You’re hired! Theo Blackwell appointed as first ever Chief Digital Officer of the UK’s capital city
London’s Mayor Sadiq Khan has fulfilled one of his campaign pledges with the news that he has hired London’s first ever Chief Digital Officer (CDO).
Theo Blackwell was appointed as CDO and will be responsible for helping help Mayor Khan fulfil his desire for London “to be the world’s leading ‘smart city’.
The appointment comes after a three month search for suitable candidates, after the position was advertised in early May.
“As London’s first CDO, Theo will play a leading role in realising the Mayor’s ambition to make London the world’s smartest city, ensuring that the capital’s status as a global tech hub helps transform the way public services are designed and delivered, making them more accessible, efficient and responsive to the needs of Londoners,” explained the major’s office.
On paper Blackwell looks to have the necessary skills and experience for the role, with 20 years of experience in both the public and private sector.
He previously worked GovTech accelerator Public Group, advising start-ups on the growing market in local public services. Blackwell was also previously Head of Policy & Public Affairs for the video games industry’s trade body, Ukie – where he ran a ‘Next Gen Skills’ campaign to get coding back on the curriculum.
Another role saw Blackwell operate as a cabinet member for finance, technology and growth at Camden Council. Whilst there, he helped establish Camden use of public data, for which it has received national recognition as Digital Leaders ‘Council of the year’.
Theo also sits on the Advisory Board of Digital Leaders and is a director of Camden Town Unlimited, which is a Business Improvement District (a start-up incubation scheme).
So what exactly will Blackwell do to justify his package of £106,952 salary; 30 days holiday; interest free season ticket loan; interest free bicycle loan; childcare vouchers; and a pension?
Well the CDO will work closely with the Mayor’s Smart London Board to develop a new Smart London Plan. This involves playing a central role in developing collaboration across London’s different boroughs, and businesses. The thinking here is “to drive the digital transformation of public services, as well as supporting the spread of innovation through common technology standards and better data-sharing.”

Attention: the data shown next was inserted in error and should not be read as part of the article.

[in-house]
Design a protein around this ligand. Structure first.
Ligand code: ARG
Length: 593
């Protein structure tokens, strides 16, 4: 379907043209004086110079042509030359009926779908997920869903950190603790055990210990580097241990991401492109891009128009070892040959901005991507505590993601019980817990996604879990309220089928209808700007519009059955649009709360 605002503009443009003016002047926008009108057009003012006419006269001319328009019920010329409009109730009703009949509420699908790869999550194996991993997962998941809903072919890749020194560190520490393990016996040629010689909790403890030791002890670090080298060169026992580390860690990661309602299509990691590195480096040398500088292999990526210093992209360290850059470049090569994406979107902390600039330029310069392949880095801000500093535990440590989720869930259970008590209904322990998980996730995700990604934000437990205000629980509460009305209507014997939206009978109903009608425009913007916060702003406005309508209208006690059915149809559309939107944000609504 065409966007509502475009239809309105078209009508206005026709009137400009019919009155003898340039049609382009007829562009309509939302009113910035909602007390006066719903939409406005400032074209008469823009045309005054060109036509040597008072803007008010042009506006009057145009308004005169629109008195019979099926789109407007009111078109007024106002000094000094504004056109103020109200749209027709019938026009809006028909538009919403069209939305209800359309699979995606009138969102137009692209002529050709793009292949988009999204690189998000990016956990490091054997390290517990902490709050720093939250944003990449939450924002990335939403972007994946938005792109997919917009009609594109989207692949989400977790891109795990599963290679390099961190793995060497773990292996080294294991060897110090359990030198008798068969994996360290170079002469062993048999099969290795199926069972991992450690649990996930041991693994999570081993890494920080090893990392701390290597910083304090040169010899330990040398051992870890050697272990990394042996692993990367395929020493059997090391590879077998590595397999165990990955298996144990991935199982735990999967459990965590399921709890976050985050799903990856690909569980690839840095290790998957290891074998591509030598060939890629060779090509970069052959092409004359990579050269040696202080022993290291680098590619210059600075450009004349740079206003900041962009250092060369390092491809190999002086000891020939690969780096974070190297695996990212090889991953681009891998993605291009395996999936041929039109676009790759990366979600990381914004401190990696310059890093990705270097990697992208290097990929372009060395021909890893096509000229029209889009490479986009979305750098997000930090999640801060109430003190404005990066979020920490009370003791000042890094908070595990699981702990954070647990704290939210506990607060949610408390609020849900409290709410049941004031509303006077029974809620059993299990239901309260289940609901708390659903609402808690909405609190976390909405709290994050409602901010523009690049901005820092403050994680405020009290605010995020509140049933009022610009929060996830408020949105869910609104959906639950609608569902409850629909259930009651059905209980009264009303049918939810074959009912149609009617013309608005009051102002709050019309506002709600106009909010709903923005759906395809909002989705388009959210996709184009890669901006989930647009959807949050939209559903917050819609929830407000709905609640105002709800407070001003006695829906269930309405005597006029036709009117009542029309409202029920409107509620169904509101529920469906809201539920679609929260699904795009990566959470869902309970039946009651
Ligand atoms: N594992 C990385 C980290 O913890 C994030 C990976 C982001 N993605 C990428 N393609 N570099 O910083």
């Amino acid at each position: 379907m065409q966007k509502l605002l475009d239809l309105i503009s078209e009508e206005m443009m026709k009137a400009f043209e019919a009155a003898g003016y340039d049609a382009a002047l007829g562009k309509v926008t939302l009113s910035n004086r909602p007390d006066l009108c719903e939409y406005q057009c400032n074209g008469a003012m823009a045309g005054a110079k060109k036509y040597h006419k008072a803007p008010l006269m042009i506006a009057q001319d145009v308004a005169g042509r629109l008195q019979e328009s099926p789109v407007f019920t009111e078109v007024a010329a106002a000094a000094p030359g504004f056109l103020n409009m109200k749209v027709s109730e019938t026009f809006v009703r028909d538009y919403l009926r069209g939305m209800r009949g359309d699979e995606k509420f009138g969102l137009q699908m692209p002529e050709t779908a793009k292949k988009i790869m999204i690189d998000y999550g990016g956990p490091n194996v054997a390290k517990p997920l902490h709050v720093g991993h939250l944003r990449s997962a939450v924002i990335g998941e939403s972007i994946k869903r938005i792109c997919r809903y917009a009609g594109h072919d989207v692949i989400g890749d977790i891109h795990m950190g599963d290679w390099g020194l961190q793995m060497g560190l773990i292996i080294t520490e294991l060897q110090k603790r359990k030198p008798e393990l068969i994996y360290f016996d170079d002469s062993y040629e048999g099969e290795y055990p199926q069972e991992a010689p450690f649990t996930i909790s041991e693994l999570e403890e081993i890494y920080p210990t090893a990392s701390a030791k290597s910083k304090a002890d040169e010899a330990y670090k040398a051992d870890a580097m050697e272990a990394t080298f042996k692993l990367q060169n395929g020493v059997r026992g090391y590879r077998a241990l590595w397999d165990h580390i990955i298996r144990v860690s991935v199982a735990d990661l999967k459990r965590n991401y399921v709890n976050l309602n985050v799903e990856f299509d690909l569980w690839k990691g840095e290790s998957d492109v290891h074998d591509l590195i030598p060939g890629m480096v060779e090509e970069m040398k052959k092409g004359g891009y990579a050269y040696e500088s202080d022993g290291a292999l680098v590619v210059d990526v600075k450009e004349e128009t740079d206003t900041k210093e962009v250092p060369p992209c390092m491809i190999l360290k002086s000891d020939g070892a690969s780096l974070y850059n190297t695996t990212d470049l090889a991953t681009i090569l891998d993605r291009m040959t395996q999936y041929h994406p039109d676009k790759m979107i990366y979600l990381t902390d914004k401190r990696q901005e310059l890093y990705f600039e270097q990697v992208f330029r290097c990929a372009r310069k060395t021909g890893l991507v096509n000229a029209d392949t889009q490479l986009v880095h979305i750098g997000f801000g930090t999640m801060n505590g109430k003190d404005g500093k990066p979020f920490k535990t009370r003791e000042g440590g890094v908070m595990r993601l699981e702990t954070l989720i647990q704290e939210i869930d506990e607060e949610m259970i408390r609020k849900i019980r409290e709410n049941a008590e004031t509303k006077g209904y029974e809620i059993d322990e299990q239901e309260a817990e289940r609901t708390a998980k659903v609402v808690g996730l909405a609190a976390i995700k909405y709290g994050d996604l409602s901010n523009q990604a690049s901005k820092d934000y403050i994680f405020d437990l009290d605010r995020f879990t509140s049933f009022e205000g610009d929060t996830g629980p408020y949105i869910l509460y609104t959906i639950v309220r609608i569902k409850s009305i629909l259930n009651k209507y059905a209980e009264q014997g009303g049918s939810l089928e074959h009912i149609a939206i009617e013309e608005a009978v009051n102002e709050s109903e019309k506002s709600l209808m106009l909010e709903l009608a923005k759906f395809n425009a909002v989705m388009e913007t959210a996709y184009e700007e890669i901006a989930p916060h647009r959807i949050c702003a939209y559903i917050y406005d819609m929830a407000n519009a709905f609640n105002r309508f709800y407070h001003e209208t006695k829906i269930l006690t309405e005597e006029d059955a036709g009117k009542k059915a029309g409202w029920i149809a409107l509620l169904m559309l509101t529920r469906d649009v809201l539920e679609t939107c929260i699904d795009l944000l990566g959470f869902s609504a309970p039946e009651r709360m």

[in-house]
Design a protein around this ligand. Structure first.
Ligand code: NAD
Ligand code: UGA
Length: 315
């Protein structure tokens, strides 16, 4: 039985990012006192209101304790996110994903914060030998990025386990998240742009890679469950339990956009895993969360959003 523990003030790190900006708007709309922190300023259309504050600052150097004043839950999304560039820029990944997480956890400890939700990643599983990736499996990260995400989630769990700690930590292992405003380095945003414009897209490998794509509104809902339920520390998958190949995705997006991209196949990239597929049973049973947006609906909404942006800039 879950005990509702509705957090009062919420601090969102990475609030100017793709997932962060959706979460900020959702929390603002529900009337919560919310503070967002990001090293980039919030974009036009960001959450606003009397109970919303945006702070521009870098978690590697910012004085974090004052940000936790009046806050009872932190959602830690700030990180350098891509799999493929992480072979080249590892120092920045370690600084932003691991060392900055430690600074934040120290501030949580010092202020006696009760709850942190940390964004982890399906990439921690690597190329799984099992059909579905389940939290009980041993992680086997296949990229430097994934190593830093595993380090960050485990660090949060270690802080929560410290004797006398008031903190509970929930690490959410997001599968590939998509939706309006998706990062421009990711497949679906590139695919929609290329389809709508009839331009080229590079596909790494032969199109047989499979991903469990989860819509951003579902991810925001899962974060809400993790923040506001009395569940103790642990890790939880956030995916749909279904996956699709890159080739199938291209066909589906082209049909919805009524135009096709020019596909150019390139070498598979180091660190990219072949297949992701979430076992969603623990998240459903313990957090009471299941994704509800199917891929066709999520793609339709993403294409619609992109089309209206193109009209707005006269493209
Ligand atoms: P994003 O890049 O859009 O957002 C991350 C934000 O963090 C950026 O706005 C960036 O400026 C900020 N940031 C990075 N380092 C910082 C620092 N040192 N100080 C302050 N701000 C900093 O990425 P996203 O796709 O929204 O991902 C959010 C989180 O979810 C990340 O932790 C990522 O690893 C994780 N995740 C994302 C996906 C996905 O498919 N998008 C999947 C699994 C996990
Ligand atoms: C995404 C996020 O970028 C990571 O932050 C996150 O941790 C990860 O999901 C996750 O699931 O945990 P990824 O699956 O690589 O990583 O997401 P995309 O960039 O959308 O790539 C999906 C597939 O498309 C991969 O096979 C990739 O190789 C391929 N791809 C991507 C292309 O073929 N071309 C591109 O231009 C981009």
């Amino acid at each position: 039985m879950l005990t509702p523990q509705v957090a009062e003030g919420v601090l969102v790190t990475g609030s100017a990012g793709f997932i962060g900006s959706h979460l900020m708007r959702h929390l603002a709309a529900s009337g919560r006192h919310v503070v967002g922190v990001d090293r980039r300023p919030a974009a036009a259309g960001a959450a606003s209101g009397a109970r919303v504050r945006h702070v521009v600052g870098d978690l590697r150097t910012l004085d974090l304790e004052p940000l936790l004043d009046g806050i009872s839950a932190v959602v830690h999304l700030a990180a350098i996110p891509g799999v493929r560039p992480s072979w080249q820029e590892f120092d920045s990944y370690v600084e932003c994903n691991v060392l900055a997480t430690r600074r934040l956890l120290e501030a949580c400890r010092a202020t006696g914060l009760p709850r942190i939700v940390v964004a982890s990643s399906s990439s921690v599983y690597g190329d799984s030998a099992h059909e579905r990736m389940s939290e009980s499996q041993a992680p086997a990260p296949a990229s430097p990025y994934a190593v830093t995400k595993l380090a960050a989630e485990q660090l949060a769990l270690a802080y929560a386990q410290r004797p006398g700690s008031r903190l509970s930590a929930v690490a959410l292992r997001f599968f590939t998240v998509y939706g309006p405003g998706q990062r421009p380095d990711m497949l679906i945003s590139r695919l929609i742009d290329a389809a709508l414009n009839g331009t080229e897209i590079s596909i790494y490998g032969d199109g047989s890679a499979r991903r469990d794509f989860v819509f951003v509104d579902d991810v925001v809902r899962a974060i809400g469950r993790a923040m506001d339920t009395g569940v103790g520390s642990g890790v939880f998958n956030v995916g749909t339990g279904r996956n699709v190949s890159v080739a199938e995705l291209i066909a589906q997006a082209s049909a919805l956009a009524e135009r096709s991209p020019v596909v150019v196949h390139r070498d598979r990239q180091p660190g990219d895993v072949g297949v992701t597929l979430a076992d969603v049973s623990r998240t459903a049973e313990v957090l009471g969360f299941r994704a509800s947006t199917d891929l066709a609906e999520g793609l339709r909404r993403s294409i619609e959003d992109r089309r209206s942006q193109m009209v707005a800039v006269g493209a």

It should be remembered that London is currently regarded as Europe’s leading technology hub, with more than 47,000 digital technology companies in the capital, employing approximately 240,000 people.
And that is only set to grow in the years ahead, with the number of tech companies forecasted to increase by a third, with a further 44,500 jobs created, by 2026.
The CDO will also be responsible for promoting pan-London collaboration on connectivity, digital inclusion, cyber-security and open data. The CDO will also focus on scoping work for the London Office for Technology & Innovation – announced by Mayor Kahn at London Tech Week.
London of course already utilises a number of smart technologies such as ticketing and contactless technology on the transport network, and it also has the London Datastore – a free resource where people can access data relating to the city itself.
“I am determined to make London the world’s leading ‘smart city’ with digital technology and data at the heart of making our capital a better place to live, work and visit,” explained Mayor Khan.
“We already lead in digital technology, data science and innovation and I want us to make full use of this in transforming our public services for Londoners and the millions of visitors to our great city,” he added.
“I am delighted to appoint Theo Blackwell as London’s first Chief Digital Officer, and I know he will use his experience working in the technology sector and developing public services to improve the lives of all Londoners,” he said.
“The new Chief Digital Officer post is an amazing opportunity to make our capital even more open to innovation, support jobs and investment and make our public services more effective,” said Theo Blackwell.
“The pace of change over the next decade requires public services to develop a stronger relationship with the tech sector,” said Blackwell. “Our purpose is to fully harness London’s world-class potential to make our public services faster and more reliable at doing things we expect online, but also adaptable enough to overcome the capital’s most complex challenges.”
“Digital leadership is a major challenge for the public sector, as the new Chief Digital Officer for London Theo’s track-record delivering real change in local government and his work in the tech sector brings real experience to this role,” said Baroness Lane Fox.